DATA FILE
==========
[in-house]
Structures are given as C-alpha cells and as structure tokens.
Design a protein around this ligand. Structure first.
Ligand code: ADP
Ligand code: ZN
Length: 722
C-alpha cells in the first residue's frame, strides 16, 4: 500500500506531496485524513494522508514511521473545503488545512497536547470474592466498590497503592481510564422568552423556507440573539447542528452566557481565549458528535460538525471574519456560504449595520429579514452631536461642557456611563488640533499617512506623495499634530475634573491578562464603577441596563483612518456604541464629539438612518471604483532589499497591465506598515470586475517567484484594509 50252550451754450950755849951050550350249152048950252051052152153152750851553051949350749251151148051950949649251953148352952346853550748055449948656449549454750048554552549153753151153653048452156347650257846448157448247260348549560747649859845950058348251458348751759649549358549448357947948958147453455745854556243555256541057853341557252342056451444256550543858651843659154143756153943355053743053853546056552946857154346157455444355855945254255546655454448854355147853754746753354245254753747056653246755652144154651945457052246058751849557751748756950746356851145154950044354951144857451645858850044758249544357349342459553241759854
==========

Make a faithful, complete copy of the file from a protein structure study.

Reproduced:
[in-house]
Structures are given as C-alpha cells and as structure tokens.
Design a protein around this ligand. Structure first.
Ligand code: ADP
Ligand code: ZN
Length: 722
C-alpha cells in the first residue's frame, strides 16, 4: 500500500506531496485524513494522508514511521473545503488545512497536547470474592466498590497503592481510564422568552423556507440573539447542528452566557481565549458528535460538525471574519456560504449595520429579514452631536461642557456611563488640533499617512506623495499634530475634573491578562464603577441596563483612518456604541464629539438612518471604483532589499497591465506598515470586475517567484484594509 50252550451754450950755849951050550350249152048950252051052152153152750851553051949350749251151148051950949649251953148352952346853550748055449948656449549454750048554552549153753151153653048452156347650257846448157448247260348549560747649859845950058348251458348751759649549358549448357947948958147453455745854556243555256541057853341557252342056451444256550543858651843659154143756153943355053743053853546056552946857154346157455444355855945254255546655454448854355147853754746753354245254753747056653246755652144154651945457052246058751849557751748756950746356851145154950044354951144857451645858850044758249544357349342459553241759854